See that color?
It’s pretty bright. And this is looking down, with a little shadow on it. It’s actually VERY bright in person.
I’ve posted this photo before, in June, when I purchased the Lululemon Run: Swiftly tank in the “ray” color. When I bought the shirt, I was concerned it was maybe “too bright.” My husband assured me that at least no one would miss me when I ran. I figured that would be a safe bet. Drivers and other runners alike would be able to see me just fine.
This weekend, my running buddy Jennie and I ventured out on an early morning run. Not super early. The sun was just rising in the west, but it was plenty bright in Mountain House.
The community I run in is about 10-minutes west of where I live. For Jennie, it’s only about five minutes. There are few stoplights, but a lot of stop signs. There are many cross walks.
We always use the cross walks when we run. We never run against traffic, or even in traffic.
And by the time we were on the back end of the development, the sun was shinning pretty good.
We made our way into miles five and six and down toward the only market in the small town. As we made our way to the crosswalk, I noticed a red Jeep flying out of the far parking lot. We were already starting into the crosswalk, with the right of way, when the Jeep barely stopped, sped through a stop sign and started into our path.
The Jeep was raised. Still, as he came toward us, I yelled out “Hey!” The driver, a man, acted as if WE got in HIS way. He slowed his car at an angle and then just kept going, screeching his tires as he went away.
I’m pretty sure Jennie yelled something at him. I know I yelled something to the effect of “JERK!” and we kept running.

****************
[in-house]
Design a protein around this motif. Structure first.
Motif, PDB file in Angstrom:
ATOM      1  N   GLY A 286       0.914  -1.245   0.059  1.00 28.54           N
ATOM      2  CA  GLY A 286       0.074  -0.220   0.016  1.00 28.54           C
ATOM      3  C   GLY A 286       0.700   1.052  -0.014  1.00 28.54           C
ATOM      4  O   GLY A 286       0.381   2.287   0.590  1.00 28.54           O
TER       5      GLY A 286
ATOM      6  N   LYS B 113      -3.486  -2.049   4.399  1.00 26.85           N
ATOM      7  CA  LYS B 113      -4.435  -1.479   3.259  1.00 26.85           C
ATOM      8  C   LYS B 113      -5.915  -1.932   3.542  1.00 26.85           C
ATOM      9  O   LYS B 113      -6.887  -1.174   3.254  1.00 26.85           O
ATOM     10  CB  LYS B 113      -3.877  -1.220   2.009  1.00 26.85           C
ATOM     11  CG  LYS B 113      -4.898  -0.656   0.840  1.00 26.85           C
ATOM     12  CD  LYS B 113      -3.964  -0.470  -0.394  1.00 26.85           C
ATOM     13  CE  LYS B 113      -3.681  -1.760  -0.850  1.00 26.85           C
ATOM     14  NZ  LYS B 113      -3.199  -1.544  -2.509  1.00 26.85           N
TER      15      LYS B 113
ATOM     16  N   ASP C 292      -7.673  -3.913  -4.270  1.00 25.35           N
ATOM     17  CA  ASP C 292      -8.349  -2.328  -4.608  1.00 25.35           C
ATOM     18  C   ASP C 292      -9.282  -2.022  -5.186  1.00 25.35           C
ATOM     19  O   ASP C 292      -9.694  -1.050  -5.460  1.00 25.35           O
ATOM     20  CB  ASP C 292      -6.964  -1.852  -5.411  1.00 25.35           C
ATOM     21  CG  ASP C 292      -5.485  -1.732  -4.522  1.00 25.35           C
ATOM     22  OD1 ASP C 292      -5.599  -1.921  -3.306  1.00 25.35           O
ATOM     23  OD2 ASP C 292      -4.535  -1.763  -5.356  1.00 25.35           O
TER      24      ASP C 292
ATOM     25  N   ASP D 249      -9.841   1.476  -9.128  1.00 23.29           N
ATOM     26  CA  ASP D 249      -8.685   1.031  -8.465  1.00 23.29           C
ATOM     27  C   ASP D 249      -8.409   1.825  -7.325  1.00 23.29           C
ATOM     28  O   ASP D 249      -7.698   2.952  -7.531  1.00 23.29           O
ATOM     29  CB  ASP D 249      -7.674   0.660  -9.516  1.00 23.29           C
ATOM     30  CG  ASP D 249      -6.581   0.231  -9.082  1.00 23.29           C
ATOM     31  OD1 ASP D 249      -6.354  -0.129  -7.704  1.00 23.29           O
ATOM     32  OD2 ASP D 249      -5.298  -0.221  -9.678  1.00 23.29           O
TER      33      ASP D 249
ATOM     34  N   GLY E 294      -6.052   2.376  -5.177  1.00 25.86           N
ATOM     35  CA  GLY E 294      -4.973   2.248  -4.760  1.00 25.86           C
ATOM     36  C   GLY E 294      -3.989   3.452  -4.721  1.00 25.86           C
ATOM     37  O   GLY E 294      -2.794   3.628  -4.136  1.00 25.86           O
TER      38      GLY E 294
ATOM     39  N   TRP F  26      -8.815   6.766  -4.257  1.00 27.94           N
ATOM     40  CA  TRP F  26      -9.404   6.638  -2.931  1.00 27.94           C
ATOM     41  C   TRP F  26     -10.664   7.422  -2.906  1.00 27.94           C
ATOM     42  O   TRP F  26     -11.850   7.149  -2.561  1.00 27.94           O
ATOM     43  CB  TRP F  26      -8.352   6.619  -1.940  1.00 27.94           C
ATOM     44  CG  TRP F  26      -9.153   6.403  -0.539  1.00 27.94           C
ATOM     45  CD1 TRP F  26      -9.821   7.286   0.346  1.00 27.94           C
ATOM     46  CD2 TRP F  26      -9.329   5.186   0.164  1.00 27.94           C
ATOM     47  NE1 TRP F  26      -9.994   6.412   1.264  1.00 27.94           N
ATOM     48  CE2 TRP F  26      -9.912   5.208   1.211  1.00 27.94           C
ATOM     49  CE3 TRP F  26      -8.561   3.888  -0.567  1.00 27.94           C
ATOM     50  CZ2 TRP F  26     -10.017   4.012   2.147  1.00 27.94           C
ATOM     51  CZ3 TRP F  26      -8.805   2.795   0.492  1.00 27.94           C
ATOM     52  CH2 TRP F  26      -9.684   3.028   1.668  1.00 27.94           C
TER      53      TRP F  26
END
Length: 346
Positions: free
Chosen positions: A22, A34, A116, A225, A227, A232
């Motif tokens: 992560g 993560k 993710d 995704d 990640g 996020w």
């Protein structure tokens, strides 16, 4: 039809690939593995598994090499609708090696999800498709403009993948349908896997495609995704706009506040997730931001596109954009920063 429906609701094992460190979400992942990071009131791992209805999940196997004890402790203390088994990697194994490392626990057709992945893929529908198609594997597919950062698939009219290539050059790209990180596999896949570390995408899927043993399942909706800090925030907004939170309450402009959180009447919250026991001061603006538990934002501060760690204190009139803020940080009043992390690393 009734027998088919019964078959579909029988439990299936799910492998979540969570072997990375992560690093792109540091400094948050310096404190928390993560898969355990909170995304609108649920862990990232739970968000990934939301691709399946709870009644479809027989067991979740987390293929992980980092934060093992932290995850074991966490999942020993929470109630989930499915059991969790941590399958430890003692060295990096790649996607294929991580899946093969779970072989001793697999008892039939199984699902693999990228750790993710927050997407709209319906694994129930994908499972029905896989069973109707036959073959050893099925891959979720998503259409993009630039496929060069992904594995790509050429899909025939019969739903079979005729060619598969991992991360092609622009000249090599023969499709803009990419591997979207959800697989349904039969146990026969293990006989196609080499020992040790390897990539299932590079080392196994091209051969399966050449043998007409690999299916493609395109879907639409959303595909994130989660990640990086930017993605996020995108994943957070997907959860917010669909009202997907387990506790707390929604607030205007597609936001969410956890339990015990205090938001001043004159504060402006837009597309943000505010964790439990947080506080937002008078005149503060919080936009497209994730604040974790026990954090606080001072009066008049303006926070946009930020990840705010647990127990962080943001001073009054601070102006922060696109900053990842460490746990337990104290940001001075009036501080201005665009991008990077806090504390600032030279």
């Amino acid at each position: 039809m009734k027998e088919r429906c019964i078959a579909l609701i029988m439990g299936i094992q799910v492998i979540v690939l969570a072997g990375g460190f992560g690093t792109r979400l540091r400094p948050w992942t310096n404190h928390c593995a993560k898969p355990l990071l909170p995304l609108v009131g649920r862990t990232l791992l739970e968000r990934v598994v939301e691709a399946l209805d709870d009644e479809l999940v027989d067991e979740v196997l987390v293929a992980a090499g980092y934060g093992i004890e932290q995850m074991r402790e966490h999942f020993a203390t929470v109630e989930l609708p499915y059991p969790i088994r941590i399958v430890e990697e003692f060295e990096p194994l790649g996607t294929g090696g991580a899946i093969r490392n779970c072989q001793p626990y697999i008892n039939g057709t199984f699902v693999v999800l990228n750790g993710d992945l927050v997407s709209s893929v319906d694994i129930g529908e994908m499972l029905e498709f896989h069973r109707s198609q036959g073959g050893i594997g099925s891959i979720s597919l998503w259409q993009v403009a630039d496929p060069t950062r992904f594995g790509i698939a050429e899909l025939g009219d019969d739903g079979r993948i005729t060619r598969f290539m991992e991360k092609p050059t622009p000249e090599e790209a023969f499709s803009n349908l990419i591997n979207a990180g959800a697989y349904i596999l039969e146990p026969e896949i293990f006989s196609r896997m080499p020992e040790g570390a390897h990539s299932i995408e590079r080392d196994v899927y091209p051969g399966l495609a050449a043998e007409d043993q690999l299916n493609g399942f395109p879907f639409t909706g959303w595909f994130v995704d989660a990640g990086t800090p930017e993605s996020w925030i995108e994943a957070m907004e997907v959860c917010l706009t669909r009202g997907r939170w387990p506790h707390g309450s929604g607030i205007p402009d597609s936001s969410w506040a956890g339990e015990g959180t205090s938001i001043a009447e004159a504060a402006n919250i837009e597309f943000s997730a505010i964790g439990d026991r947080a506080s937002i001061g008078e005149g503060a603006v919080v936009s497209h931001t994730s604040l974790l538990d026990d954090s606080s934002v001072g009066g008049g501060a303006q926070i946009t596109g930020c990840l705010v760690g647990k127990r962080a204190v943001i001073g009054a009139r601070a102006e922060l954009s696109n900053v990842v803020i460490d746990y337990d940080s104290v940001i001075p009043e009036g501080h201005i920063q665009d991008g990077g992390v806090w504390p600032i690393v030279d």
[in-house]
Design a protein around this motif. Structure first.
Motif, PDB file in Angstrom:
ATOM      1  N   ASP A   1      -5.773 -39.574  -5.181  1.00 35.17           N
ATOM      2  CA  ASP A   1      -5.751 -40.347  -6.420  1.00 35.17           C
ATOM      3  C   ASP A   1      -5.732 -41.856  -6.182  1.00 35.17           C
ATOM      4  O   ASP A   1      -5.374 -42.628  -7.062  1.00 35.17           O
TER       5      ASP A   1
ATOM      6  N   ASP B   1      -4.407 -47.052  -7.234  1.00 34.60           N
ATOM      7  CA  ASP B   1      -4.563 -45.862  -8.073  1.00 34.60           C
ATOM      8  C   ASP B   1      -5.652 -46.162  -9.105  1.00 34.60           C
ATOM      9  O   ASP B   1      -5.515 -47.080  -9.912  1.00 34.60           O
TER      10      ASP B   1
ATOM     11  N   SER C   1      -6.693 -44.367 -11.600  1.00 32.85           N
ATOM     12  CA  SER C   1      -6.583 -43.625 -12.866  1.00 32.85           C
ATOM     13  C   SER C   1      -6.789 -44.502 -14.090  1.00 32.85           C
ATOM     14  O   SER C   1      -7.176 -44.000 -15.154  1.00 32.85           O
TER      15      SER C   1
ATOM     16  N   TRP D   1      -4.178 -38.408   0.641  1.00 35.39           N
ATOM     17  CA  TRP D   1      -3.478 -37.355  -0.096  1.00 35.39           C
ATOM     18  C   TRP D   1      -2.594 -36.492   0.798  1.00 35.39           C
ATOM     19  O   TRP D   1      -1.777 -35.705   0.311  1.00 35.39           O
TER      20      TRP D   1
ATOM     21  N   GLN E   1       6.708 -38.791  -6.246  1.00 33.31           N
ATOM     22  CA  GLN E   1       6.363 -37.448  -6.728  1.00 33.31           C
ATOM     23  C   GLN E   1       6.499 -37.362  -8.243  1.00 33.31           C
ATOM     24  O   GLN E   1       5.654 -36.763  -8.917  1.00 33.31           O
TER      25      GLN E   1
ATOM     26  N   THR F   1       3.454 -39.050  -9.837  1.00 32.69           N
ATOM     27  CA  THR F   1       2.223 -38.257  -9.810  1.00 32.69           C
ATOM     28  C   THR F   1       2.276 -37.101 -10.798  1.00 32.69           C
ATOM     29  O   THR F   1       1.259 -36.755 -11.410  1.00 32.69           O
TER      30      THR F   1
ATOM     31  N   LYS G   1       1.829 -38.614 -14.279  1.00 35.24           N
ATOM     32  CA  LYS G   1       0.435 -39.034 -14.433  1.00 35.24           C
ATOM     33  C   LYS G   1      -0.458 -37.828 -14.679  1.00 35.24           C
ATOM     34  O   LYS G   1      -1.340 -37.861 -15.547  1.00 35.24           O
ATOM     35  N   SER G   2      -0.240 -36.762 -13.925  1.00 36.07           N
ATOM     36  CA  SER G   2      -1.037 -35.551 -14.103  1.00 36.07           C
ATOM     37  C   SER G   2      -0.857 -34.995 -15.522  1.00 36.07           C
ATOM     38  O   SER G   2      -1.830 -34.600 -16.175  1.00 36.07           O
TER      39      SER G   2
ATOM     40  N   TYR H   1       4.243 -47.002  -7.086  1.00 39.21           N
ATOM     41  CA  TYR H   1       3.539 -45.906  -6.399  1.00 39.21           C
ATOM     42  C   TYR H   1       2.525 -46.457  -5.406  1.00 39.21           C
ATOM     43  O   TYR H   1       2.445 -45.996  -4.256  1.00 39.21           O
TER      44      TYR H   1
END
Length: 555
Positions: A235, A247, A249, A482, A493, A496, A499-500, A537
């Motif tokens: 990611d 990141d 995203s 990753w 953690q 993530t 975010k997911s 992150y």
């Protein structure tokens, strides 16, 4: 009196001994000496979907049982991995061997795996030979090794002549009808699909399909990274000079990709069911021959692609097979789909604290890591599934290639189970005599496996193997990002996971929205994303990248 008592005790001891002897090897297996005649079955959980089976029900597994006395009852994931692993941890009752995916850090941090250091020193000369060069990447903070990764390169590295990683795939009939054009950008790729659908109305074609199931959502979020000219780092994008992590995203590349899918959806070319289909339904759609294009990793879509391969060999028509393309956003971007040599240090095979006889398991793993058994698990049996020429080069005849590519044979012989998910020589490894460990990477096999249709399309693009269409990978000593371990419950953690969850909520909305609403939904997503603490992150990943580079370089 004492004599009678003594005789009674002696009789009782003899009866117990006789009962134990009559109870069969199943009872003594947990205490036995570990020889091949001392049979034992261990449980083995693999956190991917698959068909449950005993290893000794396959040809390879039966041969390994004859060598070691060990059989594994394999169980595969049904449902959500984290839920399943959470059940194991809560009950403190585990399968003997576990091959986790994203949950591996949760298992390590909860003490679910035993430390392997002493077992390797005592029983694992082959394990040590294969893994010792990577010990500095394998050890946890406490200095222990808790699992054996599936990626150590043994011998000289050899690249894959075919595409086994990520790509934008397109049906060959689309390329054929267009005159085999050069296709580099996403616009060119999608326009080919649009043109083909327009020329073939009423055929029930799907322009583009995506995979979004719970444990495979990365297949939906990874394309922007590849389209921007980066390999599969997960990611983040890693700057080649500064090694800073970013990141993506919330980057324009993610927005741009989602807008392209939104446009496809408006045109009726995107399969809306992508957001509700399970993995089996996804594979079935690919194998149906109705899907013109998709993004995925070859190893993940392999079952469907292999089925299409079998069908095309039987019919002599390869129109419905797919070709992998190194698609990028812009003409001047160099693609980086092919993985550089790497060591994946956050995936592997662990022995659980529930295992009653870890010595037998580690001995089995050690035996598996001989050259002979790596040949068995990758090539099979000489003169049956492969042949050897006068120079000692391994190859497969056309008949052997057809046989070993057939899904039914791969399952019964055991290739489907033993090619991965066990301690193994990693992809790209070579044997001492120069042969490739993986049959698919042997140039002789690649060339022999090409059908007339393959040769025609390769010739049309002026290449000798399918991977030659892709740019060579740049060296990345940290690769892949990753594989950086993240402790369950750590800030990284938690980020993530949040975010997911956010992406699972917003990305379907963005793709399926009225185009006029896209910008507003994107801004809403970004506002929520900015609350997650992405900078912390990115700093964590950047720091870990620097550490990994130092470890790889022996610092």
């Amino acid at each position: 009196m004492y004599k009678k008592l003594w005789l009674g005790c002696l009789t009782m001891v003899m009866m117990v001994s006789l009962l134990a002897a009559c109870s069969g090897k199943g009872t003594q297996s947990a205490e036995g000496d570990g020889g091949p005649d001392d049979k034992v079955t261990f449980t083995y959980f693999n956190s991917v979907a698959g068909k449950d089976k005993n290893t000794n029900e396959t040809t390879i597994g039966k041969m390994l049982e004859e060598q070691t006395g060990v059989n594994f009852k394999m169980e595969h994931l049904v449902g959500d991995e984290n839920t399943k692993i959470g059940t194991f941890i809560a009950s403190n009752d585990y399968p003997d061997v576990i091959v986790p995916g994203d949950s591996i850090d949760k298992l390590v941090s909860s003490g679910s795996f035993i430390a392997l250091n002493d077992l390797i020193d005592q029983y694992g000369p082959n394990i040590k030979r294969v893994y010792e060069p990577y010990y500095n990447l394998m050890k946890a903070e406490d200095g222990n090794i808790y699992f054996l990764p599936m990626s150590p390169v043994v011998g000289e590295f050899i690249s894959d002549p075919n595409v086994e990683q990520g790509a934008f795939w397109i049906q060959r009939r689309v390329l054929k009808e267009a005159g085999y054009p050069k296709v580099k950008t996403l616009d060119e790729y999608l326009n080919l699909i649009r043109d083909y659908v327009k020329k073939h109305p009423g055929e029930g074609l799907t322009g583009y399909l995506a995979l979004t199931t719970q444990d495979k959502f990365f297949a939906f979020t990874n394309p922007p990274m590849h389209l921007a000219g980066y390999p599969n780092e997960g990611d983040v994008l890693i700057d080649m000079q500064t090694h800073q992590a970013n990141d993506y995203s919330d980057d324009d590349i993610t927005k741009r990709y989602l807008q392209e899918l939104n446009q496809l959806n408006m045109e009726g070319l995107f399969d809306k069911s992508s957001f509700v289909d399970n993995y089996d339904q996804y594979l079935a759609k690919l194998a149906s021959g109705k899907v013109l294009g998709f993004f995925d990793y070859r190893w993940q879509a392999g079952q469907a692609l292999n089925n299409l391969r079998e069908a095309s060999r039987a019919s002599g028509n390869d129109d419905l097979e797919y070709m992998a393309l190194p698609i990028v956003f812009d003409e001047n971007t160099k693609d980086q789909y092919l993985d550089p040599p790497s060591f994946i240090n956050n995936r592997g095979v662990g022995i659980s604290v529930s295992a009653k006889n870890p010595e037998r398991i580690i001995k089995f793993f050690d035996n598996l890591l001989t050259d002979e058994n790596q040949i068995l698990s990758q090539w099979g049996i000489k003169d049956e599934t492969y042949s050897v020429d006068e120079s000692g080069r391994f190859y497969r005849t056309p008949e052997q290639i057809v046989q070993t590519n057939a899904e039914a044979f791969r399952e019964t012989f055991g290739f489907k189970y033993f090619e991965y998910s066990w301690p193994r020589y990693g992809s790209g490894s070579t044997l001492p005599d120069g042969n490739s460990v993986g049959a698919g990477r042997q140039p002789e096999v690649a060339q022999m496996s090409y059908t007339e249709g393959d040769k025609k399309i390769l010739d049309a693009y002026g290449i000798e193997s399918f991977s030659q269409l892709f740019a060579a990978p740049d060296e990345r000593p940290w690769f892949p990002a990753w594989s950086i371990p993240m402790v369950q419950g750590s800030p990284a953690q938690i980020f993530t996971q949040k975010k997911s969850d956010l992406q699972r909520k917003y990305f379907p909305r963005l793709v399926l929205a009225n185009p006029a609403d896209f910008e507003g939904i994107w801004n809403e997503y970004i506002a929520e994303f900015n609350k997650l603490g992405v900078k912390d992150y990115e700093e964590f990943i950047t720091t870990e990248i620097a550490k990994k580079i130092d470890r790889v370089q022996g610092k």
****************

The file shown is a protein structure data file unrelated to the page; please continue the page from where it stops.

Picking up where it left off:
When we stopped at the store to pick up our regular mid-run Gatorade, we talked about how people are always in a rush. How very few care about others. How if he hit us, he likely would have killed us. I was more in his path. Jennie kept apologizing for not noticing the Jeep until it was too late.
The issue here?
We did everything right.
We both were wearing bright colored shirts. We stopped running and looked both ways. We were cautious in our regard to the environment.
We were running smart.
And it still wasn’t enough.
My waving and yelling at the driver was the only thing that got him to even notice us.
Later on at a dinner for my husband’s birthday, my sister told me that I shouldn’t run outside. It’s dangerous. I could get hurt. I know that. In fact, it’s one of the reasons I opt to run in Mountain House instead of where I live in Tracy. In Tracy, even early in the morning, cars tend to roll through stop signs and stoplights.
I had several close calls in my own town. In one, I actually had a guy nearly hit in right in the hip. I slammed down both my hands on the hood of the car. I looked the man straight in the eyes and said “I have the right of way!” Then I kept running.
Running is dangerous, yes. So as runners we take precautions. We wear bright clothes. We add reflective bands to our wrists and ankles. We wear lights in the dark. We generally make ourselves as visible as possible. But, at times, doing everything right doesn’t mean you are safe and protected.
I’m realizing that after a couple close calls, including this most recent one, I need to remind myself of that every time I run.